The US Supreme Court decided in a 6-3 vote Monday not to hear appeals from two groups of prisoners seeking to challenge in federal court their incarceration in the Guantánamo Bay prison camp. The prisoners have been held for as many as five years at the notorious prison and been placed outside the protection of both US and international law.
On February 20 of this year, the District of Columbia appeals court upheld a provision of the Military Commissions Act of 2006 that denies so-called “alien enemy combatants” the right to challenge their detention in US courts and orders that all such pending habeas corpus petitions be dismissed. (see “US appeals court upholds denial of habeas corpus rights to Guantánamo detainees”) The prisoners’ lawyers subsequently appealed to the Supreme Court.
The right of habeas corpus—an individual’s right to challenge his incarceration and have the charges against him presented in court—is a fundamental democratic right originating as far back as the Magna Carta of 1215, and is protected by the US Constitution. The “great writ” of habeas corpus has historically served as a legal bulwark against arbitrary imprisonment, but has come under increasing attack as the US government attempts to assert police-state powers in the name of the “war on terror.”
Omar Khadr, a Canadian, is among those prisoners whose appeal was denied. He is accused of killing a US medic in Afghanistan in 2002, when he was 15 years old, and awaits a hearing before a Guantánamo military tribunal, officially called a Combatant Status Review Tribunal (CSRT).
Of the nearly 400 inmates at the Guantánamo Bay prison, only 10 have ever been charged with a crime.
Supreme Court justices Stephen G. Breyer, David H. Souter and Ruth Bader Ginsburg voted in favor of allowing the court hear the two cases, Al Odah v. USA and Boumediene v. Bush, and urged the court to hear them on an expedited basis, given the extraordinary circumstances of the prisoners.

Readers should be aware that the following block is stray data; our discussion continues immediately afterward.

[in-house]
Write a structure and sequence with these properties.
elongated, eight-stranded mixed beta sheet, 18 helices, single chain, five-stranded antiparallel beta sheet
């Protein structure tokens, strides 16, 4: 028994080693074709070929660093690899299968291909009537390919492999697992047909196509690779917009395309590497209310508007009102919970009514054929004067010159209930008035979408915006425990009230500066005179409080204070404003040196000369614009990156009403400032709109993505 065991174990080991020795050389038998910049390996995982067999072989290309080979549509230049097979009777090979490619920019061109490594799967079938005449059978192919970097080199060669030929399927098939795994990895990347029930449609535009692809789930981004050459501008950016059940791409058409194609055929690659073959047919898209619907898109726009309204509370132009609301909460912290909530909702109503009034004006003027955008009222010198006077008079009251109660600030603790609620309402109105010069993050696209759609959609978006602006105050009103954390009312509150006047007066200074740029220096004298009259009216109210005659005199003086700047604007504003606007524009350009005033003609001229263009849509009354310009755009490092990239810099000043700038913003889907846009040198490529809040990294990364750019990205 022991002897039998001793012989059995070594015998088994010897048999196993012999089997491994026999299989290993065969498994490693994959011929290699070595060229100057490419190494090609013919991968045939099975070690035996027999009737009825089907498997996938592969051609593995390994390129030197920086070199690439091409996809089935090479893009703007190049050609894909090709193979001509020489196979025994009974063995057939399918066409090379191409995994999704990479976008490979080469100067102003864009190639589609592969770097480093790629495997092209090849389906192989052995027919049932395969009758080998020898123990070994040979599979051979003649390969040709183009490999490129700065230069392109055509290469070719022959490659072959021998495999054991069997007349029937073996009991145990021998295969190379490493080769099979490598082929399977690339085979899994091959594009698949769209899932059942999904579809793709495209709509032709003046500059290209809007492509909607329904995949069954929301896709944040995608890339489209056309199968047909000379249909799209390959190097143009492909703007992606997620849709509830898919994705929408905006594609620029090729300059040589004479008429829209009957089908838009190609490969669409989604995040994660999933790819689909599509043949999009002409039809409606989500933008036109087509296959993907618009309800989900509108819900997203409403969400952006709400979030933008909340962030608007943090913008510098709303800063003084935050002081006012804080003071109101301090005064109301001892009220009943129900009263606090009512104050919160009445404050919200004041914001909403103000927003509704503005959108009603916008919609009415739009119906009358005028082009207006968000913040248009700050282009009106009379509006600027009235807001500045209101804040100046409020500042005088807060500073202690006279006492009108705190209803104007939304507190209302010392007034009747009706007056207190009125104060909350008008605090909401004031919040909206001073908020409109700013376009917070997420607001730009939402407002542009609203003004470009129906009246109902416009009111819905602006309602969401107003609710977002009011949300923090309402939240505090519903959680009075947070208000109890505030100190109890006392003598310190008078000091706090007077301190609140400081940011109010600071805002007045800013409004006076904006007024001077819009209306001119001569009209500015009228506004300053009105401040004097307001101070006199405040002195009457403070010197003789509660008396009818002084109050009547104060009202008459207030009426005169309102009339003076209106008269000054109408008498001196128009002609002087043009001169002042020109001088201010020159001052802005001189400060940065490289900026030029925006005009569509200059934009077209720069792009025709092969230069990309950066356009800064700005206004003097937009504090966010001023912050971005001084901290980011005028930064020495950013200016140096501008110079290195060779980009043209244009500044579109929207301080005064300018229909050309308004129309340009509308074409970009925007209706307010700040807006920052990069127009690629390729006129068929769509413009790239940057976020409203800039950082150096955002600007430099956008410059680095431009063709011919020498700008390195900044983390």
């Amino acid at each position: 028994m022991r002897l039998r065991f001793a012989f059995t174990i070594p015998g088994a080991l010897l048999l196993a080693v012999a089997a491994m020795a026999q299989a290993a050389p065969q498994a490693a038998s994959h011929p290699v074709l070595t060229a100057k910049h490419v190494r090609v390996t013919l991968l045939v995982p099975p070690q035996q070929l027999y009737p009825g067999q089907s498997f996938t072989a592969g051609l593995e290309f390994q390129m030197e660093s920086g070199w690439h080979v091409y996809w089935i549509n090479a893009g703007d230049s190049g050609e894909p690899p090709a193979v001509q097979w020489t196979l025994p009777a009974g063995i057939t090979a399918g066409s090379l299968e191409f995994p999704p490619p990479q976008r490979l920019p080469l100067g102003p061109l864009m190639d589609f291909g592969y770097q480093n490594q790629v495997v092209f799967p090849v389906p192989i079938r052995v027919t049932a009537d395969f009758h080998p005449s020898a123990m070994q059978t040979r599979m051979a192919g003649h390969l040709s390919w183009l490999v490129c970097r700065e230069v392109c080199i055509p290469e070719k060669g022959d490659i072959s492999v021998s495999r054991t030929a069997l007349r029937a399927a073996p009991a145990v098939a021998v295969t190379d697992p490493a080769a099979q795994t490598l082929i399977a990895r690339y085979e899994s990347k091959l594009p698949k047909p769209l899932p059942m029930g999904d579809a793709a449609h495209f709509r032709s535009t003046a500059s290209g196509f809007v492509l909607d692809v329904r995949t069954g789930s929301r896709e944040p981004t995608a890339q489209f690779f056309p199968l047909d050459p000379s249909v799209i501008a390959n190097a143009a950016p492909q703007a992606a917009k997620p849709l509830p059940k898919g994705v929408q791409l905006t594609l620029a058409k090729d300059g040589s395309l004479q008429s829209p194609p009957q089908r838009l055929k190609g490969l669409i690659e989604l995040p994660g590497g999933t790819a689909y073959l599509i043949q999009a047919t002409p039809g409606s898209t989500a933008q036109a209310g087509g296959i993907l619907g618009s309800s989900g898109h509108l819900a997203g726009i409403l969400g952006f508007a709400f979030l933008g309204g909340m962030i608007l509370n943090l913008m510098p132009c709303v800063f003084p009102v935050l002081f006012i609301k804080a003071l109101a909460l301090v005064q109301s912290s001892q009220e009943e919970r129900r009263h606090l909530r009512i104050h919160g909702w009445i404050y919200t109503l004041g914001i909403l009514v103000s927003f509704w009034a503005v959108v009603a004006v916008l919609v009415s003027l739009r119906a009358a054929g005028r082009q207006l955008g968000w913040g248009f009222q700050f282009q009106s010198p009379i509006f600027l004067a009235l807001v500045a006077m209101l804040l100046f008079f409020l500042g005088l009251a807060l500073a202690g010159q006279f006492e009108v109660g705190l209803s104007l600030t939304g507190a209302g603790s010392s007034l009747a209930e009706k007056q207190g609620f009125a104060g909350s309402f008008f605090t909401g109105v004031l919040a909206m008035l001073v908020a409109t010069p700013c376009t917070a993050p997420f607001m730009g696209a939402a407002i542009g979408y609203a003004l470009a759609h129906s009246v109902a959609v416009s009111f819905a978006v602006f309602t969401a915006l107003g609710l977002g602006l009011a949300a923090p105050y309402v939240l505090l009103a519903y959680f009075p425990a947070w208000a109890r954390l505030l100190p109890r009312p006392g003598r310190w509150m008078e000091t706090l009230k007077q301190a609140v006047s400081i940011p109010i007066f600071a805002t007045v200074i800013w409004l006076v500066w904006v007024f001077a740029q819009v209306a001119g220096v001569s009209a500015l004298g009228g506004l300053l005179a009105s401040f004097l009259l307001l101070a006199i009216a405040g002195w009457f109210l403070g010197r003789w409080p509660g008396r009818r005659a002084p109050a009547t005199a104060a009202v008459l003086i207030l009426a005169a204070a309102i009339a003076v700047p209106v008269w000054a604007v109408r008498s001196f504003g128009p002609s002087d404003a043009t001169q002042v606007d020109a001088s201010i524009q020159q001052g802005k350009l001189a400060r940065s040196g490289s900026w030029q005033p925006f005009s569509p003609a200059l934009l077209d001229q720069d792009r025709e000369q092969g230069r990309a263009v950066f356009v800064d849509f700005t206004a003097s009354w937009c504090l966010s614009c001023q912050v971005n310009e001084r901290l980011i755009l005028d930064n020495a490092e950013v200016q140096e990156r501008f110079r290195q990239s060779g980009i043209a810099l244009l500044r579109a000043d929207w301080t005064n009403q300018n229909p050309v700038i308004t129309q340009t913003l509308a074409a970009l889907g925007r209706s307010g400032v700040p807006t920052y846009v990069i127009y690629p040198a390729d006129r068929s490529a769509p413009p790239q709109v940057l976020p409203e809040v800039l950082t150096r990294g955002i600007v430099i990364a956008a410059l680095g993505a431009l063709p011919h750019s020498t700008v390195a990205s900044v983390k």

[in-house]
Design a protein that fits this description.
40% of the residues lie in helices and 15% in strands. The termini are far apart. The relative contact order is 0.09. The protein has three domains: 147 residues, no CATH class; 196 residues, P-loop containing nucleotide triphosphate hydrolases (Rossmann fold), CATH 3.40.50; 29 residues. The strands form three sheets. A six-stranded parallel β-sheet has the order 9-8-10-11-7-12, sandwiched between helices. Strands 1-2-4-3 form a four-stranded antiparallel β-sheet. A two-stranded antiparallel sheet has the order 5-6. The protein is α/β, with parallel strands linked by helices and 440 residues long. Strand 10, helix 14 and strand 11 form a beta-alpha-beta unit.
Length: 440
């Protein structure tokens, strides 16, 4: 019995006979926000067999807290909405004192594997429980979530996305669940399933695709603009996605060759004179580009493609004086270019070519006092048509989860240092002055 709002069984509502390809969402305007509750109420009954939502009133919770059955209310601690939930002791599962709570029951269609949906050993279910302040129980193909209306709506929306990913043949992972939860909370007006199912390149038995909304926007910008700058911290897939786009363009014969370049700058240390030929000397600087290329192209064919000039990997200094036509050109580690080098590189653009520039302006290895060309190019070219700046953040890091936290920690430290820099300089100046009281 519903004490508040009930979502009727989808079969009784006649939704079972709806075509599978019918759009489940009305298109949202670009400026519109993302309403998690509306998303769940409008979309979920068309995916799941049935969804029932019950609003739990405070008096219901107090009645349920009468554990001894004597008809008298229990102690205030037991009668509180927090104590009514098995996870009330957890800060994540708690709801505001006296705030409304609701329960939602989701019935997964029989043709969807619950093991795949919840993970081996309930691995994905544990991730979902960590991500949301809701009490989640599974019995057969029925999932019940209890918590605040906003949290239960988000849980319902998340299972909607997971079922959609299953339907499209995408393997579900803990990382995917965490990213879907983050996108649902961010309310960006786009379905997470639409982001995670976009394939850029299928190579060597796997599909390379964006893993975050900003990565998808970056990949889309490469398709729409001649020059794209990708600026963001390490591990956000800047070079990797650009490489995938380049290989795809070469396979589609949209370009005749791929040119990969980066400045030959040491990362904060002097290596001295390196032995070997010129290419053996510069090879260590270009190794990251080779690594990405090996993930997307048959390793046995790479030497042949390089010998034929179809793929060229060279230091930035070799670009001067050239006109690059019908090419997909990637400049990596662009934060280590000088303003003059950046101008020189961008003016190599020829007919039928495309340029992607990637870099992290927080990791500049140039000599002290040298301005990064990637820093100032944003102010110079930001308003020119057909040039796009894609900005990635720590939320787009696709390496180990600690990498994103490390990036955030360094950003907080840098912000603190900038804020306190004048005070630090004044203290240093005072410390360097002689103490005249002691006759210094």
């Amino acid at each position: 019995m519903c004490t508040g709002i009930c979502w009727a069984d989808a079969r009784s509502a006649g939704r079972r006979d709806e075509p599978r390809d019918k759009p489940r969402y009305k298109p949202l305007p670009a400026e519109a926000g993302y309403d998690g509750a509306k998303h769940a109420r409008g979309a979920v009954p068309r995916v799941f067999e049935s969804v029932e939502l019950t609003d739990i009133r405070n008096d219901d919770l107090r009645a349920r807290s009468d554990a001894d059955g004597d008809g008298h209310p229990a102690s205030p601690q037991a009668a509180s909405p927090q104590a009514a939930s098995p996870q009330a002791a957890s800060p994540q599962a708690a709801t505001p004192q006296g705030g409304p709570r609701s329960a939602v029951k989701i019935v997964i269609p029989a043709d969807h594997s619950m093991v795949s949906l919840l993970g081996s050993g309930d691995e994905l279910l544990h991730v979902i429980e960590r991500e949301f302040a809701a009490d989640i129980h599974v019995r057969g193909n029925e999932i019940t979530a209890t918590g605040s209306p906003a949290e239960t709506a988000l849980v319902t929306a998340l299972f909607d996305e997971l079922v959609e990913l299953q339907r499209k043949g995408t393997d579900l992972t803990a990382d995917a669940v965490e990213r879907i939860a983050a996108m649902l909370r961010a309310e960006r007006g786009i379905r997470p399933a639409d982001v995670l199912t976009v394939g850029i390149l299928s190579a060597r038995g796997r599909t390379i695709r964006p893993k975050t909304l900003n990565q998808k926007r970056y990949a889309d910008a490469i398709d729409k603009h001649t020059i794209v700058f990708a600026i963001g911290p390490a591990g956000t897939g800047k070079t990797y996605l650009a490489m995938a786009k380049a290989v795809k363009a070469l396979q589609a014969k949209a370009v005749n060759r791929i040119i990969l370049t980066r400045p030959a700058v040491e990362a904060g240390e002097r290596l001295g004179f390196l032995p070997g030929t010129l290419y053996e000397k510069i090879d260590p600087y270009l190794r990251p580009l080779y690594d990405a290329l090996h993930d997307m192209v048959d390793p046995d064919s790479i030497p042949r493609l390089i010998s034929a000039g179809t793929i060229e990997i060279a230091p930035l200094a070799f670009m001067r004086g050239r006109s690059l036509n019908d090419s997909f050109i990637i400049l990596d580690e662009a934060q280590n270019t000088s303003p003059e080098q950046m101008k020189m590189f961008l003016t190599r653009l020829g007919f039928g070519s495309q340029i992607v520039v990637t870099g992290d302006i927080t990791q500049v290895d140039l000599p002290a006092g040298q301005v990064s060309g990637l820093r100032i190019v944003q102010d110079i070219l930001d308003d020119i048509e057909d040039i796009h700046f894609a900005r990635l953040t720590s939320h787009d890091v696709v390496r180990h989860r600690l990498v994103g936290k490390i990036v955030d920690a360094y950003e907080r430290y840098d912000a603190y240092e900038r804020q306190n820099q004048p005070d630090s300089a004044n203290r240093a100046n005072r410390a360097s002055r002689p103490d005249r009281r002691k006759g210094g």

“I believe these questions deserve this court’s immediate attention,” argued Breyer. “Immediate review may avoid an additional year or more of imprisonment.”
However, the generally more liberal Justice John Paul Stevens and the “swing” Justice Anthony M. Kennedy, citing procedural reasons, joined the right-wing faction of Samuel Alito, Clarence Thomas, Antonin Scalia and Chief Justice John Roberts to prevent a review of the cases. Only four votes are necessary to require the court to hear the merits of a case.
“Despite the obvious importance of the issues raised in these cases,” Stevens and Kennedy wrote in a joint statement justifying the decision, “we are persuaded that traditional rules governing our decision of constitutional questions...and our practice of requiring the exhaustion of available remedies as a precondition to accepting jurisdiction over applications for the writ of habeas corpus...make it appropriate to deny these petitions at this time.” In other words, they will compel the prisoners to go through the military drum court system at Guantánamo, which denies defendants basic due process rights, before they will hear appeals.
Stevens, the most senior justice on the court, recently authored two important Supreme Court decisions—Rasul v. Bush in 2004 and Hamdan v. Rumsfeld in 2006—which rejected the legal framework invented by the Bush administration to place prisoners outside the protection of existing US and international law. The profoundly anti-democratic Military Commissions Act, passed with the help of the congressional Democrats in October 2006, was an attempt to counter those rulings.
Regarding Monday’s ruling, Stevens and Kennedy wrote that if “the government has unreasonably delayed proceedings” or the detainees are the victims of “some other and ongoing injury,” the Supreme Court would be willing to hear these cases.
Lawyers for the prisoners expressed frustration and outrage following the court’s decision not to hear the case, pointing to the centuries-old due process rights being trampled at Guantánamo.
“This is a perfect example of justice delayed is justice denied,” said Washington lawyer Tom Wilner.
“It’s disgraceful,” Canadian lawyer Dennis Edney told the Canadian press. “The court should comply with the rule of law and come in line with various other legal jurisdictions and international bodies.”
“It’s a lawless country with lawless rules,” he continued. “It doesn’t take any great common sense to recognize that this is a court that’s given undue deference to the commander-in-chief.”
The Bush administration praised the ruling. “I think that, on first glance, we’re very pleased with the decision,” White House spokesperson Dana Perino said.